The longest and most comprehensive study on happiness comes from Harvard University. Researchers have followed two groups of men (and their families) since 1938, routinely interviewing them about their work, home life, and health. The first group consisted of Harvard graduates, while the second group consisted of young men from troubled families in impoverished sections of Boston. A small percentage of the original subjects are still alive, and researchers continue to study the children of those who have passed away.
What researchers found was that graduating from Harvard and securing a good job didn’t guarantee happiness. And struggling through poverty didn’t portend misery. The three main lessons that have come out of the study have nothing to do with money and everything to do with human connection.
Explaining the study's findings, researcher Robert Waldinger recorded his TED talk, titled “What Makes a Good Life? Lessons from the Longest Study on Happiness,” in 2015, and it has been viewed 44,000,000 times(!!).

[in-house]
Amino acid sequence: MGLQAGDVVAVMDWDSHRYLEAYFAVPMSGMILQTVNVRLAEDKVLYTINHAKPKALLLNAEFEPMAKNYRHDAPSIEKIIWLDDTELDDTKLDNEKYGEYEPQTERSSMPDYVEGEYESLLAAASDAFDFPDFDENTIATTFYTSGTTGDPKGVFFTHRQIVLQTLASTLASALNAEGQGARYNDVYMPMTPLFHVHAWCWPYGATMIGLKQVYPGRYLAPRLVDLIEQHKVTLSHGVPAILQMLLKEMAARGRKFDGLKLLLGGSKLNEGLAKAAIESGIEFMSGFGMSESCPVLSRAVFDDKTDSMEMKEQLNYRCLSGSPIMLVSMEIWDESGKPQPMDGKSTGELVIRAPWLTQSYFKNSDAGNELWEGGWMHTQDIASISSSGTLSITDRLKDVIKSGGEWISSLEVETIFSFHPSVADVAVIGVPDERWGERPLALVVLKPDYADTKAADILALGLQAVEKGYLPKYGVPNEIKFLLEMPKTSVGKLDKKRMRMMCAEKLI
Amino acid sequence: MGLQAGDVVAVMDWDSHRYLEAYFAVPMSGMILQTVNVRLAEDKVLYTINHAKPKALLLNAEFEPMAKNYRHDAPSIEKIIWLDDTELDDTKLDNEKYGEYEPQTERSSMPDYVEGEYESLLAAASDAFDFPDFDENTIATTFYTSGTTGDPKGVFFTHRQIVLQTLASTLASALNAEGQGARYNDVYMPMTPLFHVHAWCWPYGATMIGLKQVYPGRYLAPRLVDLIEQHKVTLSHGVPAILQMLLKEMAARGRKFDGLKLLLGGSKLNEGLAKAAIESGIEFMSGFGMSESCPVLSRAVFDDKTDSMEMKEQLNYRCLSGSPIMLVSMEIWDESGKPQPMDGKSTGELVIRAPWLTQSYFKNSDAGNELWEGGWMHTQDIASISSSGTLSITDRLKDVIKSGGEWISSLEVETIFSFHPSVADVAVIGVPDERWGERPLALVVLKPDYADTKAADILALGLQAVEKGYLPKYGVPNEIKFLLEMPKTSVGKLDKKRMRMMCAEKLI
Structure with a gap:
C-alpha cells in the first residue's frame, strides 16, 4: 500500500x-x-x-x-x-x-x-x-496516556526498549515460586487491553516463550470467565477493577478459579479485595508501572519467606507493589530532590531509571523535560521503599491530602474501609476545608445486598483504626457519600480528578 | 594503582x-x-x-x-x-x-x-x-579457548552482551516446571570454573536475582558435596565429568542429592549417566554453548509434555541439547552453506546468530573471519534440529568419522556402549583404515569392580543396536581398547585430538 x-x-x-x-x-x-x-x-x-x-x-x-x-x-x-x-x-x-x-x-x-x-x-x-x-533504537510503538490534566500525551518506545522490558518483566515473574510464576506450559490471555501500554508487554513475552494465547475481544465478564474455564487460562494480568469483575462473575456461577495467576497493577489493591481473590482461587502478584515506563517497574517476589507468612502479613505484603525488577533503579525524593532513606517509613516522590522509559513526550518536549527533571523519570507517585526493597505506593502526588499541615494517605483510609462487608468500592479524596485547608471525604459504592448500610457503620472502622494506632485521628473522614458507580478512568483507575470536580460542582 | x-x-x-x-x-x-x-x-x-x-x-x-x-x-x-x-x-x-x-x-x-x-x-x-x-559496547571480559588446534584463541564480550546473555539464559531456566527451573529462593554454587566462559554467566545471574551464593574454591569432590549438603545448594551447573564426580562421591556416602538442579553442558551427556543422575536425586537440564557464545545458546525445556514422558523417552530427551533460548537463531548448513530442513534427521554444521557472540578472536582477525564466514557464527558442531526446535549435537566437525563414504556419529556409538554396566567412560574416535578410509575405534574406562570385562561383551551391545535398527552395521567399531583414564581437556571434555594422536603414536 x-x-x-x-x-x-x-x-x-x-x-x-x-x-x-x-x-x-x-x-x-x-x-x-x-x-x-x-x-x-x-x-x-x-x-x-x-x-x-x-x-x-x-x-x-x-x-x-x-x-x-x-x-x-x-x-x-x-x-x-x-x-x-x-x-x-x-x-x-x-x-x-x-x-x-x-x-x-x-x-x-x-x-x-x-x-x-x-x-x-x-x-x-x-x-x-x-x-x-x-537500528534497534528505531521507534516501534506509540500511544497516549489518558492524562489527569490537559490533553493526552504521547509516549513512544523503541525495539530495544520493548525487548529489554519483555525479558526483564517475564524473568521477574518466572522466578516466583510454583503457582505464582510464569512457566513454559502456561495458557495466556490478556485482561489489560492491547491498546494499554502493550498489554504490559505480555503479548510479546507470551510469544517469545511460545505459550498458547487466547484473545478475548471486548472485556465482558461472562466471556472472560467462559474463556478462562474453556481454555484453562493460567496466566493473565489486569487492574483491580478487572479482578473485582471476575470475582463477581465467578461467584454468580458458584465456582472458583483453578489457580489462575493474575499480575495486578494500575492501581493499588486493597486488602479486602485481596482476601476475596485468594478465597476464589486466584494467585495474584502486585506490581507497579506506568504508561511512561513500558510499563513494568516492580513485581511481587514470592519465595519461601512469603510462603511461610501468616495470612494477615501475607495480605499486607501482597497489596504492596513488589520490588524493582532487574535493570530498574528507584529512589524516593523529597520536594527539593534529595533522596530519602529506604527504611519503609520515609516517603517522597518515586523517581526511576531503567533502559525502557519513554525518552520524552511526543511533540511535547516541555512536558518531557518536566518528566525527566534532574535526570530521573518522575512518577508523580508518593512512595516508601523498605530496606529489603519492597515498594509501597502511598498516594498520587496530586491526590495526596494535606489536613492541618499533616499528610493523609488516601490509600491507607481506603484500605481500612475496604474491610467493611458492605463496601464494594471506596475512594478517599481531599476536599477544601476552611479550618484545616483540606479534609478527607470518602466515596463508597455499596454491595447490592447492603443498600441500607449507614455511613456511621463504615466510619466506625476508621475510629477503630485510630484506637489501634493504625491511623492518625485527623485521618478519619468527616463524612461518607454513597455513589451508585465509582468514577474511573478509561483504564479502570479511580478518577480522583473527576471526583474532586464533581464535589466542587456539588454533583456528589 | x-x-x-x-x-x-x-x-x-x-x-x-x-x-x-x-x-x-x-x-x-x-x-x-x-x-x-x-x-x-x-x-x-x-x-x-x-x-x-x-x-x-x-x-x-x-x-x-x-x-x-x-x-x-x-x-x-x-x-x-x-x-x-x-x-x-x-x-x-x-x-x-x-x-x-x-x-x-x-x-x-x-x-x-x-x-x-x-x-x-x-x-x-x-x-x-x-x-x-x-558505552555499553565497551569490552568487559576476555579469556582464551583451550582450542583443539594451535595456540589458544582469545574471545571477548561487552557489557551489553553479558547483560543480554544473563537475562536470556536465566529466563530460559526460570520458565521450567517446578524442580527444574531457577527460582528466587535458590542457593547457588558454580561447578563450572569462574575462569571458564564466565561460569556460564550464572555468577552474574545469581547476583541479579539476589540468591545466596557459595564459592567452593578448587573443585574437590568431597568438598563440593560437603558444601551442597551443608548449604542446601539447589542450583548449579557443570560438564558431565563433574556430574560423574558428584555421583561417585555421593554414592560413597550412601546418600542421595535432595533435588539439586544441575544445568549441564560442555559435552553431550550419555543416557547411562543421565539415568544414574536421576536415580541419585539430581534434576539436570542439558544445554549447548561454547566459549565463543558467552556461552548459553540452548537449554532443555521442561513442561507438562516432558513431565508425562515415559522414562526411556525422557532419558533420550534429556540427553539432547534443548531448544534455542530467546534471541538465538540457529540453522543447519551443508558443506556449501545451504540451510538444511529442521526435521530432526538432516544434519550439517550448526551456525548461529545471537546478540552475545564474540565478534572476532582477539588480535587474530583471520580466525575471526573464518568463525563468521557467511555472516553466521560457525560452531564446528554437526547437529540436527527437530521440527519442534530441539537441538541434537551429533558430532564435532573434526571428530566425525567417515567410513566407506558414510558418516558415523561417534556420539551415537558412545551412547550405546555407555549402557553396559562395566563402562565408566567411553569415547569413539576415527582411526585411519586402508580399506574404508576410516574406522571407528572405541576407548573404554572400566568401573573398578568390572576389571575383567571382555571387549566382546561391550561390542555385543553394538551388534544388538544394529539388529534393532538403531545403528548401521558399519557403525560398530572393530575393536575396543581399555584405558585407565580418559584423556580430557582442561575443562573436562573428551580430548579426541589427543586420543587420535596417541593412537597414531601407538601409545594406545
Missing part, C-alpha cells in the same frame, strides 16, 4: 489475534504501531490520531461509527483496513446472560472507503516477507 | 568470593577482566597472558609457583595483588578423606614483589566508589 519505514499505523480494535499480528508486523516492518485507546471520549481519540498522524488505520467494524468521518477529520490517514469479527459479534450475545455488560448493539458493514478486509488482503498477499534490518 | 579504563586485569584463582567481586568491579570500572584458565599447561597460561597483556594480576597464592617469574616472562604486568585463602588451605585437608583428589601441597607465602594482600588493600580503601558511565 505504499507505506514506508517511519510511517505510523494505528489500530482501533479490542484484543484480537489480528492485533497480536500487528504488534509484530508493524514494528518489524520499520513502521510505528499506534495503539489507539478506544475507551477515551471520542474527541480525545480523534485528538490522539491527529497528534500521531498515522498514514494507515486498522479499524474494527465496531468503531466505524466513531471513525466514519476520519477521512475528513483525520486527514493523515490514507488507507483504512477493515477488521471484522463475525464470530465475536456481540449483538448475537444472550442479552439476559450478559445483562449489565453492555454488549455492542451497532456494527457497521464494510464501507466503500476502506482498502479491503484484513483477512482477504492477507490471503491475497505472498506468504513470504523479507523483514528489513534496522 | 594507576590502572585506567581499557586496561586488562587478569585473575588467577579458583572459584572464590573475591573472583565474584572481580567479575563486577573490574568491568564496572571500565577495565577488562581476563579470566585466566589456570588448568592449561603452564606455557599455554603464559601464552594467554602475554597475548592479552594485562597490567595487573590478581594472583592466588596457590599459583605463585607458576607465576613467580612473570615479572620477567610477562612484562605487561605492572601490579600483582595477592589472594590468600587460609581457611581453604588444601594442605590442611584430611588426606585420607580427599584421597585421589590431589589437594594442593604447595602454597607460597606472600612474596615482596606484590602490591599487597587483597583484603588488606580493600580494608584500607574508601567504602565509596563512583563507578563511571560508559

He explains: "We've learned three big lessons about relationships. The first is that social connections are really good for us, and that loneliness kills. It turns out that people who are more socially connected to family, to friends, to community, are happier, they're physically healthier, and they live longer than people who are less well connected. And the experience of loneliness turns out to be toxic. People who are more isolated than they want to be from others find that they are less happy, their health declines earlier in midlife, their brain functioning declines sooner and they live shorter lives than people who are not lonely.
And we know that you can be lonely in a crowd and you can be lonely in a marriage, so the second big lesson that we learned is that it's not just the number of friends you have, and it's not whether or not you're in a committed relationship, but it's the quality of your close relationships that matters."
Makes sense to us! Again and again, when humans are observed and probed and quizzed on what makes them feel love, the answer always seems to be - other people. Not things, or even experiences, but our connections with other people.
Ok so - how do you make connections? Check out our comprehensive guides here, and let us know how you get on!